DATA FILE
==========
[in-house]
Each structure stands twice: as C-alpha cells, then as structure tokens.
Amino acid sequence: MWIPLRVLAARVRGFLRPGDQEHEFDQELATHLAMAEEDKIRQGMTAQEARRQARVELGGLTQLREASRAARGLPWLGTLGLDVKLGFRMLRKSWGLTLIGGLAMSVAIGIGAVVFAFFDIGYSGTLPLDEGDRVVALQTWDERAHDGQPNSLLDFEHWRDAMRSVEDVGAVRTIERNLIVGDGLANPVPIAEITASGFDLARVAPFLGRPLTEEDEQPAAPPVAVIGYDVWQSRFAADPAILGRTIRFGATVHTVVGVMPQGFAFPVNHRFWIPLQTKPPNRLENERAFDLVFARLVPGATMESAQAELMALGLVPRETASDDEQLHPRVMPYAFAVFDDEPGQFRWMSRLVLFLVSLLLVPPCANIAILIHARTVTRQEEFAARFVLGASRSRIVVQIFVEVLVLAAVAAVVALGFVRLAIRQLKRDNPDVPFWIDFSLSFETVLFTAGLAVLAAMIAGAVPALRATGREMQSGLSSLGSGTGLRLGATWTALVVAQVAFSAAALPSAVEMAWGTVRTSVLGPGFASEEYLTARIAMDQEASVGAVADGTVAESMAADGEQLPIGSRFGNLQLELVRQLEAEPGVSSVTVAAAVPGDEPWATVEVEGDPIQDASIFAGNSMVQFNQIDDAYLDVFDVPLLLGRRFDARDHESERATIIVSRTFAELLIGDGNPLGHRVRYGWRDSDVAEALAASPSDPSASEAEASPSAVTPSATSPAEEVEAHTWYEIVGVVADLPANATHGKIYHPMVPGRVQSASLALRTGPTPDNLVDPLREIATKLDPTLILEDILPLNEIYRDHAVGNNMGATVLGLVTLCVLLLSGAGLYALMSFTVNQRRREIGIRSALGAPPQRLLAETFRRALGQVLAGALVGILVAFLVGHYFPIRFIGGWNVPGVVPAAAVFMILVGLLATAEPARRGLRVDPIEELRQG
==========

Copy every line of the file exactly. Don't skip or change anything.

[in-house]
Each structure stands twice: as C-alpha cells, then as structure tokens.
Amino acid sequence: MWIPLRVLAARVRGFLRPGDQEHEFDQELATHLAMAEEDKIRQGMTAQEARRQARVELGGLTQLREASRAARGLPWLGTLGLDVKLGFRMLRKSWGLTLIGGLAMSVAIGIGAVVFAFFDIGYSGTLPLDEGDRVVALQTWDERAHDGQPNSLLDFEHWRDAMRSVEDVGAVRTIERNLIVGDGLANPVPIAEITASGFDLARVAPFLGRPLTEEDEQPAAPPVAVIGYDVWQSRFAADPAILGRTIRFGATVHTVVGVMPQGFAFPVNHRFWIPLQTKPPNRLENERAFDLVFARLVPGATMESAQAELMALGLVPRETASDDEQLHPRVMPYAFAVFDDEPGQFRWMSRLVLFLVSLLLVPPCANIAILIHARTVTRQEEFAARFVLGASRSRIVVQIFVEVLVLAAVAAVVALGFVRLAIRQLKRDNPDVPFWIDFSLSFETVLFTAGLAVLAAMIAGAVPALRATGREMQSGLSSLGSGTGLRLGATWTALVVAQVAFSAAALPSAVEMAWGTVRTSVLGPGFASEEYLTARIAMDQEASVGAVADGTVAESMAADGEQLPIGSRFGNLQLELVRQLEAEPGVSSVTVAAAVPGDEPWATVEVEGDPIQDASIFAGNSMVQFNQIDDAYLDVFDVPLLLGRRFDARDHESERATIIVSRTFAELLIGDGNPLGHRVRYGWRDSDVAEALAASPSDPSASEAEASPSAVTPSATSPAEEVEAHTWYEIVGVVADLPANATHGKIYHPMVPGRVQSASLALRTGPTPDNLVDPLREIATKLDPTLILEDILPLNEIYRDHAVGNNMGATVLGLVTLCVLLLSGAGLYALMSFTVNQRRREIGIRSALGAPPQRLLAETFRRALGQVLAGALVGILVAFLVGHYFPIRFIGGWNVPGVVPAAAVFMILVGLLATAEPARRGLRVDPIEELRQG